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China latest of 20+ jurisdictions to integrate ISSB standards into sustainability disclosures

China published its draft Corporate Sustainability Disclosure Standards yesterday.
Melodie Michel
China latest of 20+ jurisdictions to integrate ISSB standards into sustainability disclosures
Photo by Edward He on Unsplash

With China’s draft sustainability disclosure standards published yesterday, more than 20 countries encompassing over half of the global economy have now integrated or plan to integrate the ISSB standards into mandatory sustainability disclosures for companies.

China is the latest country to announce its intention to make ISSB-aligned sustainability reporting mandatory, with a draft of its Corporate Sustainability Disclosure Standards published yesterday on the Ministry of Finance’s website.

The draft (in Chinese) includes six chapters and 33 articles covering general provisions, disclosure objectives and principles, information quality requirements, disclosure elements, other disclosure requirements, and supplementary provisions, and the government is now accepting feedback until June 24.

“The draft formulates the unified China Sustainability Disclosure Standards based on ISSB Standards, drawing on the beneficial experiences of ISSB Standards, aligning with China's context and showcasing Chinese characteristics,” explains the IFRS Foundation, which is behind the ISSB standards. 

Once the rules are finalised, mandatory reporting will be phased in from 2027 starting with listed companies and gradually expanding to non-listed companies. China’s stock exchanges published their own draft guidelines for corporate sustainability disclosures in February.

More than half of the global economy on its way to adopt ISSB disclosures

Jurisdictions representing nearly 55% of global GDP, more than 40% of global market capitalisation and more than half of global greenhouse gas emissions are now on a pathway to adopt the sustainability disclosure standards issued by the ISSB for mandatory reporting, according to the IFRS Foundation.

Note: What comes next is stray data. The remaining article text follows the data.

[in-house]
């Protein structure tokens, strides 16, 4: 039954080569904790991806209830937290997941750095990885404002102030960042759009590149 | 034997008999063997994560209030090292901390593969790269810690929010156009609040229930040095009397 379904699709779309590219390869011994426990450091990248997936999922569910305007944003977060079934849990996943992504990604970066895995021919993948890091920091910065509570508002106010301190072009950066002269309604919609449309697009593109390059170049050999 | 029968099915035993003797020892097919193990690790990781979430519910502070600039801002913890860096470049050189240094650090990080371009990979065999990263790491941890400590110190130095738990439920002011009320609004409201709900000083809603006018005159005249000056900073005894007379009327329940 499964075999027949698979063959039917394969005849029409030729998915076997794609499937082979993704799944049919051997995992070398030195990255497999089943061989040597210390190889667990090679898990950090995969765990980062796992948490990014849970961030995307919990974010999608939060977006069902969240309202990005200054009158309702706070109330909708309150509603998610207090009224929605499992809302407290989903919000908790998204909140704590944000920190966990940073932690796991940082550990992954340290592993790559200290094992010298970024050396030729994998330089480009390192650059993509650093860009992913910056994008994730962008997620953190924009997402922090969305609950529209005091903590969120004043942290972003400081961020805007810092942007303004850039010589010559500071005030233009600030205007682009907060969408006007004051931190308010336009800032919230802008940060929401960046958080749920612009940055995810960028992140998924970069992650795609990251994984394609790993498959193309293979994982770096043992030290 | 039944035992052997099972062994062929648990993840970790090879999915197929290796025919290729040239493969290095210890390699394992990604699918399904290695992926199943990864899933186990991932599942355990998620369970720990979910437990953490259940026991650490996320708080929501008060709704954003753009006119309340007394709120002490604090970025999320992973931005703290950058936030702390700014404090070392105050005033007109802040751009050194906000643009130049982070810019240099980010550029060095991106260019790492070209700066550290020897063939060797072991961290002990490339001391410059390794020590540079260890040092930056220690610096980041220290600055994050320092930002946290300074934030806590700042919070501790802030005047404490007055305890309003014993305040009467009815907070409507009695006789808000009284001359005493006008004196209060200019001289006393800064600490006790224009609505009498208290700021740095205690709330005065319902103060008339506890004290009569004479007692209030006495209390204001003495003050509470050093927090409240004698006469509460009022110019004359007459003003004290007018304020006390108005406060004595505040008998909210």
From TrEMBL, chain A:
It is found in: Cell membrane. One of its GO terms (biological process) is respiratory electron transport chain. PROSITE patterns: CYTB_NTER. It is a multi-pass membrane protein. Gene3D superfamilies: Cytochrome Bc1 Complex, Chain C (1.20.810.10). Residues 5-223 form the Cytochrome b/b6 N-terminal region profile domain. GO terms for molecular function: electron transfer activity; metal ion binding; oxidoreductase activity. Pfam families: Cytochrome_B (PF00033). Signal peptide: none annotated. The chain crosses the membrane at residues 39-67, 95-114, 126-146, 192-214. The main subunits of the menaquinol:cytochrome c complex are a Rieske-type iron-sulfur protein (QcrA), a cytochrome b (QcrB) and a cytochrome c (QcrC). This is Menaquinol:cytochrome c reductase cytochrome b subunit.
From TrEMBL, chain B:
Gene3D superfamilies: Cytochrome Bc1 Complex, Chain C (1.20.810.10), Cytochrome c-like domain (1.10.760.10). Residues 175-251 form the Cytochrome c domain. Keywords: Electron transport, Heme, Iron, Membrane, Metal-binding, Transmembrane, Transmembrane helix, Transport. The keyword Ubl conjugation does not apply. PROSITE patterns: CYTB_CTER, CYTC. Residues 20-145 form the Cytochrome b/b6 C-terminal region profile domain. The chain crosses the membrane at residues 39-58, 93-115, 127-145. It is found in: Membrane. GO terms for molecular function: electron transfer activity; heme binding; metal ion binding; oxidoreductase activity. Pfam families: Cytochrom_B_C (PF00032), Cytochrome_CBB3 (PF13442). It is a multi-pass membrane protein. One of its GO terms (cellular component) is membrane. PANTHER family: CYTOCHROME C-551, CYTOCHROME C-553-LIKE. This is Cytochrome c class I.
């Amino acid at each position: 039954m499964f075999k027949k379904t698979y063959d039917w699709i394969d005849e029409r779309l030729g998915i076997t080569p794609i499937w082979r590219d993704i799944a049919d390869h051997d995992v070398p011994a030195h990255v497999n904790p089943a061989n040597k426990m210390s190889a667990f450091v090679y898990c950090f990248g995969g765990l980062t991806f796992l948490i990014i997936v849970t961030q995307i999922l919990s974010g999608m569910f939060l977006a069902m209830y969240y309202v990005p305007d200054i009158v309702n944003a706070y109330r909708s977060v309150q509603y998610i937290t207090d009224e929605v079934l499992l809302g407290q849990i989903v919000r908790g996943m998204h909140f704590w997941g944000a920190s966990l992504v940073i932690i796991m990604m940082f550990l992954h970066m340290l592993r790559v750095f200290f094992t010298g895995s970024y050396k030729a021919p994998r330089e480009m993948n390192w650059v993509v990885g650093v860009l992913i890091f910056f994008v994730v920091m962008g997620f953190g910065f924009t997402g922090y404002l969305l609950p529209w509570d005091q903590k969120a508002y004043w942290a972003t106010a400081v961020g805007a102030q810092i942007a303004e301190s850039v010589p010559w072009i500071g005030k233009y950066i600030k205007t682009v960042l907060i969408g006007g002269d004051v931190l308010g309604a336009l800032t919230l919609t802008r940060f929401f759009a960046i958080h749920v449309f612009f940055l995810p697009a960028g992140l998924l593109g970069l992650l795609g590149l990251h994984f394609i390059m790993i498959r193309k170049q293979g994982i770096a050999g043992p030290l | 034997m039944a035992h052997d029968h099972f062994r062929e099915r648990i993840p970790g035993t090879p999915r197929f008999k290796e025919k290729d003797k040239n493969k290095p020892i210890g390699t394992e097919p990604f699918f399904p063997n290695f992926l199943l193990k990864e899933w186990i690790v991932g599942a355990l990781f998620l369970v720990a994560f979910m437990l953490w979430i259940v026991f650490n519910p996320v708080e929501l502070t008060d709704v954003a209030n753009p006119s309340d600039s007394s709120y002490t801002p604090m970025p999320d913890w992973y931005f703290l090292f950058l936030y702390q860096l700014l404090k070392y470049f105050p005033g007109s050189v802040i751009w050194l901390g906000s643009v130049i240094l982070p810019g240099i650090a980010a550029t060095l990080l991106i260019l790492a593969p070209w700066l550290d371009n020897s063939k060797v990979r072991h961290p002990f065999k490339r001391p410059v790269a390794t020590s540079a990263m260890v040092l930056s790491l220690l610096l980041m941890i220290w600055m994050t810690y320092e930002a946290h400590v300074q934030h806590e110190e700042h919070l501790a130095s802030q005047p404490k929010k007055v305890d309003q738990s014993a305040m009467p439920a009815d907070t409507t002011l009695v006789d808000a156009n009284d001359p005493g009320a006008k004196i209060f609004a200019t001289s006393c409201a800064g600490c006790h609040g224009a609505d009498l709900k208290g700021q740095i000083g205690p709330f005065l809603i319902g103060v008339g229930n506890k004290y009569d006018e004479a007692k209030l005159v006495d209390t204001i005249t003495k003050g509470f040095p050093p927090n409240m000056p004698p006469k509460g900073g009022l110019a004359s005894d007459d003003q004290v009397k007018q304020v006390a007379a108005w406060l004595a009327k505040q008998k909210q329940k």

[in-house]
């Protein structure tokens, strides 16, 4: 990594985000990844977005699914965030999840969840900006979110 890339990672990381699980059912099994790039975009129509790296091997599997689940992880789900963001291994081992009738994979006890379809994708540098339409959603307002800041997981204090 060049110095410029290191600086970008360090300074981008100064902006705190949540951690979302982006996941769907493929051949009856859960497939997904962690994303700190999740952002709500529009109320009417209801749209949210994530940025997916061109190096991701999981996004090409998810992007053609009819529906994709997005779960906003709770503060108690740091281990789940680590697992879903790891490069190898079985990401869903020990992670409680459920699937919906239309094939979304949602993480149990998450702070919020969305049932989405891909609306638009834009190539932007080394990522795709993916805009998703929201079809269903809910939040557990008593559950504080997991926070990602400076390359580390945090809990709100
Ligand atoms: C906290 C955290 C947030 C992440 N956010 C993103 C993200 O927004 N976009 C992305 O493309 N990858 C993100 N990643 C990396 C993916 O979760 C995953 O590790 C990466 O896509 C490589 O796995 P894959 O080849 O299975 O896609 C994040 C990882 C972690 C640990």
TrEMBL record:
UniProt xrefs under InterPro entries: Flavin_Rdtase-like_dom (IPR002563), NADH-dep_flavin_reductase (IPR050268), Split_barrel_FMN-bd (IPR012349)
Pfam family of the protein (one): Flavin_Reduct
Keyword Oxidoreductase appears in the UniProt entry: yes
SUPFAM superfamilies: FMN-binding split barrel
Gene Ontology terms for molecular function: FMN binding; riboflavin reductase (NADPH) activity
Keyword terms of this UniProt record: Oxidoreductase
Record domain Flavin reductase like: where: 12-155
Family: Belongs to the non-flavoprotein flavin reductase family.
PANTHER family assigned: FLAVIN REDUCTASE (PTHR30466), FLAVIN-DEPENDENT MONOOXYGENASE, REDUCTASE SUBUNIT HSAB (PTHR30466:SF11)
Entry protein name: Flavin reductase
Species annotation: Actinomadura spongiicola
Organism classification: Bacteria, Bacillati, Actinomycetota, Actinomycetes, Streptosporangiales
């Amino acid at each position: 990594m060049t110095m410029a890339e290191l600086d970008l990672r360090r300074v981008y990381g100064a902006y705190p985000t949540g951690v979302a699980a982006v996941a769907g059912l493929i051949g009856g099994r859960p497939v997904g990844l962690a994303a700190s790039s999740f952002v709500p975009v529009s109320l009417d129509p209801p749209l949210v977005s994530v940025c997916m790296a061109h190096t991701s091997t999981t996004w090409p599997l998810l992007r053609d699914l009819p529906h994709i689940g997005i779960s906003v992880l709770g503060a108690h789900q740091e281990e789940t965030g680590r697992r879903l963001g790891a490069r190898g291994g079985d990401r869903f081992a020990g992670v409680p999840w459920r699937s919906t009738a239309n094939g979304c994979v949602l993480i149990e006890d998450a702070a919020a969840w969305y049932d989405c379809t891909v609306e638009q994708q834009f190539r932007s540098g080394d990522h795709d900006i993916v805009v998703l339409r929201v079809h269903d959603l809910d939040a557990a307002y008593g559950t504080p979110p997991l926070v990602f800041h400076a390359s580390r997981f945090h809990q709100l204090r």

This update will be music to the ears of global investors, who recently urged policymakers to make ISSB-aligned sustainability reporting mandatory around the world by 2025.

Released in 2023, the sustainability reporting standards published by the International Sustainability Standards Board (ISSB), known as IFRS S1 and S2, are considered as a reference for voluntary reporting to investors

Some of these jurisdictions are seeking (almost) full alignment with the ISSB standards: that’s the case of Brazil, Australia and the European Union, which just published interoperability guidance between ISSB and its own ESRS.

“From major economies to emerging markets, jurisdictions around the world such as Brazil, Costa Rica, Japan, Nigeria and the UK are recognising the value of the ISSB Standards. Supporting completion of their regulatory processes, as well as the engagement with other jurisdictions around the world, is our priority in the near future in creating the global baseline of proportionate, high-quality sustainability-related financial disclosures,” said ISSB Chair Emmanuel Faber.

In the US, the Securities and Exchange Commission (SEC) has acknowledged similarities between its contested climate disclosure rule and the ISSB Standards, though it specified that these cannot be used as an alternative for reporting.

IOSCO endorsement of ISSB sustainability disclosure standards

The growing popularity of ISSB standards IFRS S1 and S2 is in part the result of their endorsement by International Organisation of Securities Commissions (IOSCO): in July 2023 the organisation, whose members regulate companies in more than 95% of the world's financial markets, called on them to “consider ways in which they might adopt, apply or otherwise be informed by the ISSB Standards within the context of their jurisdictional arrangements”, in order to promote consistent and comparable climate and sustainability-related disclosures for investors.

Today at the IOSCO Annual Meeting in Athens, the IFRS Foundation released a guide to help jurisdictions design and plan their adoption or other use of ISSB standards, which acknowledges various ways in which countries may use the standards and describes different models from full adoption and partial adoption to permission to use.

“Today marks an important milestone in IOSCO’s objective to establish a global framework for comparable reliable sustainability disclosures for the capital markets. I am encouraged by the fact that not even a year after our endorsement and call to action, so many jurisdictions are seeking to adopt or be informed by the ISSB Standards. The ISSB’s Inaugural Jurisdictional Guide released today will be very useful to further support jurisdictional journeys towards adoption or use of the Standards and to bring much needed transparency to market participants on global progress,” said IOSCO Chair Jean-Paul Servais.

The IFRS Foundation also signed an agreement with the African Development Bank (AfDB) today in Nairobi to advance sustainability-related disclosure practices and capacity building on the continent